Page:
Overnight, the expired engines were replaced, and patches were placed over assorted holes through the skin of the kindly spared and newly revived Liberator. Both craft and crew were warriors no doubt, but had more than a flock of guardian Angels keeping it all aloft and spared from a fateful end that day.

And for Ben and his thirty flights; against all conventional odds, all days were to end safely. Hallelujah…

After Ben was finished with his commitment to the war and duty in his gun turret, he made good his wartime promise to God. Ben attended Multnomah Bible College in Portland Oregon, where he met his future wife, Elizabeth, nicknamed “Betty”, and he graduated in 1949. The two of them were married and started a church in Astoria Oregon. Ben was a minister for about 20 years. Ben and Betty parented two sons, David and Peter, and eventually settled in Walla Walla, Washington.

In the 1980’s, Ben heard a calling to focus some of his attentions on bettering the world of folks behind the Iron Curtain. After making blind donation shipments of bibles to Eastern bloc countries (Yugoslavia, Czechoslovakia, Hungary, and Poland), Ben was invited by the leader of the European Baptist Fellowship to tour behind the Iron Curtain as a guest minister there. Ben used his own funding and three week vacation periods to make a yearly journey there for the next eleven years.

Ben has shared with me that the people behind that curtain tended to be desperately poor, and mostly had just each other and very meager means to stay alive. He also shared that they were the most faithful and inspiring people he had ever met. That they needed no specific denomination, no fancy building, or organization. He said simply, that their church consisted of people, their love for each other, and abiding faith. The spirit of those souls in light of such poverty still lifts him to this day.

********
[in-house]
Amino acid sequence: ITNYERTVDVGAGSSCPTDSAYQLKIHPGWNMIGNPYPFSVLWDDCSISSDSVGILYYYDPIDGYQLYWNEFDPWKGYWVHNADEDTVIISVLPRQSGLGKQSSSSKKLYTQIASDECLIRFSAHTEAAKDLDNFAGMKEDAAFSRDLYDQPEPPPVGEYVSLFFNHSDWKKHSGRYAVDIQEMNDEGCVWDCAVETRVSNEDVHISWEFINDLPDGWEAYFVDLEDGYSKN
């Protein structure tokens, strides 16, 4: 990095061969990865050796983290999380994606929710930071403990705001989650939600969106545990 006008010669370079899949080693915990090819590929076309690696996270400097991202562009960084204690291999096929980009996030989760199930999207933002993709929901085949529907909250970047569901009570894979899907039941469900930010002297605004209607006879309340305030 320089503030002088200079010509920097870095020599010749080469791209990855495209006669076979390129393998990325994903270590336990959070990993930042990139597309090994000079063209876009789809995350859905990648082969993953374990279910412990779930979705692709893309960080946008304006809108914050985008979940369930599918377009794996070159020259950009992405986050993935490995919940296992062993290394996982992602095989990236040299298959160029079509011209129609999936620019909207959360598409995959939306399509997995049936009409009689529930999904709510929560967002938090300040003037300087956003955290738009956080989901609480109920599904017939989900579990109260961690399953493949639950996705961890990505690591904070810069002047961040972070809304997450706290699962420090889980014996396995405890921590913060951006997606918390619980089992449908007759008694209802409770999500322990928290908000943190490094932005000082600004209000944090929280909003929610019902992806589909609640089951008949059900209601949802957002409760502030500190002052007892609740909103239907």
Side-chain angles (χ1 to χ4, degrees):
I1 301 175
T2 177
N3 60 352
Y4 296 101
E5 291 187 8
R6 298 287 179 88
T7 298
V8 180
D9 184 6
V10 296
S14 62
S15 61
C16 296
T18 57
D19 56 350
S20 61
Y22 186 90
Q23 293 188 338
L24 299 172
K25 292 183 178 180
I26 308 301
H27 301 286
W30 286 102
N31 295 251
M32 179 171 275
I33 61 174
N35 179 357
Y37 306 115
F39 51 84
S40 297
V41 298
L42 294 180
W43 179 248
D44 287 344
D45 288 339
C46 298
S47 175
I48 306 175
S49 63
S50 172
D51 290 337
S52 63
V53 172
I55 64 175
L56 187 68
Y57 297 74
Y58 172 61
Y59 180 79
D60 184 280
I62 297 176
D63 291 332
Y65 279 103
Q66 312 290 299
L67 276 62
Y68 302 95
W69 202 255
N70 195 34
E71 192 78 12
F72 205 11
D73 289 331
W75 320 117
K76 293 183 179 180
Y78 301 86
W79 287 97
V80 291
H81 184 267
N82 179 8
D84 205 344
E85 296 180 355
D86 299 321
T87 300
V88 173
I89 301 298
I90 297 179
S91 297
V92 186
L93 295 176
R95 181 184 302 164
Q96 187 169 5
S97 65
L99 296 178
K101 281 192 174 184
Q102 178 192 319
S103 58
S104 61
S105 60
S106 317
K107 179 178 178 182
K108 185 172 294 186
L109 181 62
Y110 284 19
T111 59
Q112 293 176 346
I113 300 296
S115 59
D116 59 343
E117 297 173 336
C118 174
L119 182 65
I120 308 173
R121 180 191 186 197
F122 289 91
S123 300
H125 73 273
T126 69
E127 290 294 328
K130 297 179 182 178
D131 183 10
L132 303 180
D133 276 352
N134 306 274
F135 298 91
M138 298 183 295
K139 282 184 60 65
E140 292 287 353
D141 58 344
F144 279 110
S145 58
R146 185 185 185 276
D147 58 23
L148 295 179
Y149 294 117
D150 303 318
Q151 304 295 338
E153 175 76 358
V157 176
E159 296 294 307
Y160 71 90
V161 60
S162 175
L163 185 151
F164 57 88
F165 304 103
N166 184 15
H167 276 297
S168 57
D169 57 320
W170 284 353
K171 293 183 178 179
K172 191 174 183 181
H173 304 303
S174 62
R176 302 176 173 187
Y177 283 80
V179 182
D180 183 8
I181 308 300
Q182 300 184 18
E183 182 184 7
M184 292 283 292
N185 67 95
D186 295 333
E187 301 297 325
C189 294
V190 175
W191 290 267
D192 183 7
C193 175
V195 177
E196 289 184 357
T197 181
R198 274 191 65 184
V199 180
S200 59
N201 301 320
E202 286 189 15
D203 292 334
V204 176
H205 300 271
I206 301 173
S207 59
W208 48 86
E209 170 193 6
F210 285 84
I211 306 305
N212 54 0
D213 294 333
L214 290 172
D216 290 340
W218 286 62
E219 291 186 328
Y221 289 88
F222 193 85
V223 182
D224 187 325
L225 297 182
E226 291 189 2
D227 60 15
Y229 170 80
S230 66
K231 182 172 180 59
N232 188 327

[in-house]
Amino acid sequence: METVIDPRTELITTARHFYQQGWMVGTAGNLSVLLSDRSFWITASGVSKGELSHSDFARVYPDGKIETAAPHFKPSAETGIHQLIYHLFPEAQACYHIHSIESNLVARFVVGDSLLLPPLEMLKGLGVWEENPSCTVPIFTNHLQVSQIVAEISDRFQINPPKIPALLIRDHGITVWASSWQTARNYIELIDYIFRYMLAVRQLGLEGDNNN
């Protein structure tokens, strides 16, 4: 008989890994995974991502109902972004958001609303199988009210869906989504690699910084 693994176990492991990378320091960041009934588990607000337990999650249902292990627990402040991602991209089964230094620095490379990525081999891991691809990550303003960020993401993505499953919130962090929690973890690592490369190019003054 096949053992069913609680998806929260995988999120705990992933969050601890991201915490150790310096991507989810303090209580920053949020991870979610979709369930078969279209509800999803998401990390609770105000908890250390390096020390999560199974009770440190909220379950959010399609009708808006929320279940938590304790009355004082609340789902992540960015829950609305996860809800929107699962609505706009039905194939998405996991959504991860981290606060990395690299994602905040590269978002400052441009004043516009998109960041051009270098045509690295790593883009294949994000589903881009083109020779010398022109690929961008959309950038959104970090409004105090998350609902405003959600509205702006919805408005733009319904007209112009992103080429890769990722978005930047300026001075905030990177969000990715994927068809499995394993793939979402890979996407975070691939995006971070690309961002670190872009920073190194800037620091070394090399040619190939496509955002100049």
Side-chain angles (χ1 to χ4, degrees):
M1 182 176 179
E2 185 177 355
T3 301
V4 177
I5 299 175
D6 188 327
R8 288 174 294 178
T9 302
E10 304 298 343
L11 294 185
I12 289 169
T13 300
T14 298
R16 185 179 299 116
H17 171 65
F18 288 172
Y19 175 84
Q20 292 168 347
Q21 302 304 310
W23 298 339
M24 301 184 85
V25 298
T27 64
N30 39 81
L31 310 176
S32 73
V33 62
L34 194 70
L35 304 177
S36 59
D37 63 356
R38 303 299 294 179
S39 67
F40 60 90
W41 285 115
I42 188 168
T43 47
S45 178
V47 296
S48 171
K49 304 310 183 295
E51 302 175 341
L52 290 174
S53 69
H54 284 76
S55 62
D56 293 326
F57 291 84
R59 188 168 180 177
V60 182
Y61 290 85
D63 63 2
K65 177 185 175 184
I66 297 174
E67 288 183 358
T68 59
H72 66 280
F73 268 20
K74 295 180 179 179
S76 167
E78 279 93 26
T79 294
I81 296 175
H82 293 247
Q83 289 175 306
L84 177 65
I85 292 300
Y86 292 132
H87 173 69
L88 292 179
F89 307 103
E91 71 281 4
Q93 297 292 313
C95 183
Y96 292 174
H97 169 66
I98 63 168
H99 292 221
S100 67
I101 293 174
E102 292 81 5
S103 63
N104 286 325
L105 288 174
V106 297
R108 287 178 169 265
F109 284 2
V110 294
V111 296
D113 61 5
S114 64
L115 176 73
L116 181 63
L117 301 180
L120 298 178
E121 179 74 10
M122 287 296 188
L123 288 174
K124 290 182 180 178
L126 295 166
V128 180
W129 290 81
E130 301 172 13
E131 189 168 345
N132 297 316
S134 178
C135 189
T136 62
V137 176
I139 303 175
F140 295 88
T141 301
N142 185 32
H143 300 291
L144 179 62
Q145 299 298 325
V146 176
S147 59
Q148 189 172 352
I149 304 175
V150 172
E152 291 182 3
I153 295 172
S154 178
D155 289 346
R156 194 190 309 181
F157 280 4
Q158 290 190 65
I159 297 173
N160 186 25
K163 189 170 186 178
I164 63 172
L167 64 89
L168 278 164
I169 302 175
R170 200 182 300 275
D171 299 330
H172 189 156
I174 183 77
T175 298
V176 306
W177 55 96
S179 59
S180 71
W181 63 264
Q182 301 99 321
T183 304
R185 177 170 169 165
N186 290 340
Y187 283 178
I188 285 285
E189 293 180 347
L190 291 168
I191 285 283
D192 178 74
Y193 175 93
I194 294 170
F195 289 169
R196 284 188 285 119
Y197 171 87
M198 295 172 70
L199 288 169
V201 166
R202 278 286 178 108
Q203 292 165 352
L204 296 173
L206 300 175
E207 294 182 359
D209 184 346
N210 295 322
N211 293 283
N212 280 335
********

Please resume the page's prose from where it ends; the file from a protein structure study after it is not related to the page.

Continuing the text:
Example of a wooden church in Ukraine where Ben served as a guest Minister in the 1980’s.

On a personal note; It is amazing to me how universal the statement made by too many souls around us that, “one person can’t make a difference”…Ben (and I) know that to be a falsehood and go about at least trying to affect a positive ripple in our daily efforts and projections regarding everyday life situations. One person can be very effective. People are seeking hope and the good in the world. One person can very much provide that light.

I have been privileged to have had Ben share his opinions, his life experiences and efforts with me. His perspective is tempered by having been drawn into a world war and having had his youth interrupted, inconvenienced, and ultimately and ironically, had the course of his life positively focused by and because of that awful war.

Because of his ongoing involvement with members of all branches of the various services, Ben did share an observation with me. He said that regardless of the era, those young combatants are from, that he can always identify a true warrior. That over the decades, the makeup and attitude of a true natural warrior doesn’t change. There are young men (and women now) that have the internal stuff that makes for a soul having what it takes to carry the battle to our enemies. Some folks are just meant for the stuff that wars are made of.

He also understands that a true warrior might have issues with integrating back into everyday dealings here at home, and with being separated from their brothers and sisters in arms. There is an array of baggage that may and can accompany a service member home from the duty on the battlefield, assignment to a field hospital, and various other support roles near to the front.

No matter what Ben shares with me, there is always an air of decisiveness, and an abundance of hard earned knowledge of the adversaries that good people face. He has a quiet determination and a long kindled proverbial “fire in his gut” regarding injustices and evil doings.

I also have noted another trait I will call a great quality about Ben. In all our discussions over the years, he displays the most incredible dedication and passion in his every endeavor. Ben has a compassion for people in general, but especially for the fighters of wars.